A new study in Astronomy & Astrophysics published the largest catalog of ultracool dwarfs to date. The team at the National Astronomical Observatories of the Chinese Academy of Sciences (NAOC) used low-resolution spectral data from Large Sky Area Multi-Object Fiber Spectroscopic Survey Data Release 7 (LAMOST DR7) to compile a catalog of 734 ultracool dwarfs, the largest homogenous sample of ultracool dwarfs with detailed stellar parameters.
Ultracool dwarfs are a class of objects that include very low mass stars (“M-type” stars – the least massive class of stars) and candidates of brown dwarfs. Brown dwarfs are substellar objects, a class of objects that is an intermediate between a planet and a star, i.e., too massive to be a planet, yet not massive enough to be a star. Brown dwarfs cannot perform hydrogen fusion in their cores and thus, are usually nicknamed “failed stars.” These types of objects are red in color and very faint, which makes them extremely difficult to observe. They are also much cooler than most stars, having a temperature of less than 2,700 K. M type stars are important for studying the chemical reactions and physical processes that occur at the transition region of objects between stars and brown dwarfs. M-type stars have become increasingly popular in recent years as they are ideal targets for searching for terrestrial – or rocky – planets like Earth.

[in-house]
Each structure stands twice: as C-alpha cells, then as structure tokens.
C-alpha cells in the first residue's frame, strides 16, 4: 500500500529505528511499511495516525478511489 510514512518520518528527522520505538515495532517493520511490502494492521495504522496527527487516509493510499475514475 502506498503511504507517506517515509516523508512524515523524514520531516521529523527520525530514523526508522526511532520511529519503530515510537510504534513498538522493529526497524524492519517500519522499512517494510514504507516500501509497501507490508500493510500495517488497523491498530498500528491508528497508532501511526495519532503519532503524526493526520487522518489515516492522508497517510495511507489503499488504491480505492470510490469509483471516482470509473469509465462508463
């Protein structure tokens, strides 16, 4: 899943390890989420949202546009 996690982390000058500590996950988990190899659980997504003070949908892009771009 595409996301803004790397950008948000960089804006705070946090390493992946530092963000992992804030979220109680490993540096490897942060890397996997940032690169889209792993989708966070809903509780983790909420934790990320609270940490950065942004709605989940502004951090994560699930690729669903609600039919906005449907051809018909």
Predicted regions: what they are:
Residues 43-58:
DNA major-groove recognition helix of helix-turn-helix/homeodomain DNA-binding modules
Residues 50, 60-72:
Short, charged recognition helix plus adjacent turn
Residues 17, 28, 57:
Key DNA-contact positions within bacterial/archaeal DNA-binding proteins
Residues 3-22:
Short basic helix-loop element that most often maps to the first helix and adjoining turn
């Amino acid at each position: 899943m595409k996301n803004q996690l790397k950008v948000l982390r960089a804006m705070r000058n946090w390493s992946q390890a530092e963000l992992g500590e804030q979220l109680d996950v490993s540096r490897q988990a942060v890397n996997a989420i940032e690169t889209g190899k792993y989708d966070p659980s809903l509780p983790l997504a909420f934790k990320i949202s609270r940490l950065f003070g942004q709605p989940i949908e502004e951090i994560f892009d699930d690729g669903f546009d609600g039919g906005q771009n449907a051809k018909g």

The team used LAMOST, a telescope located in Xinglong Station, Hebei Province, China. LAMOST is a large-scale spectroscopic survey of the night sky visible from China, whose goal is to survey 10 million stars in the Milky Way, as well as millions of galaxies in our Universe. Using a new collection of data released in 2019, data release 7 (DR7), the team examined a sample of spectra of 10,000 M-type stars. The team then examined and compared the spectra of these stars and identified 734 ultracool dwarfs in the sample. This is the largest sample of M type ultracool dwarfs in a single work with a rich stellar parameter set derived homogenously. The objects are between 326 and 1174 light-years from Earth and approximately 300 million years old. This sample of objects is vital in studying the properties and evolution of ultracool dwarfs, key targets for looking for habitable planets. This large sample may help astronomers understand how these objects form and the internal nature of these objects, which is relatively unknown at this point in time.
Source: Chinese Academy of Sciences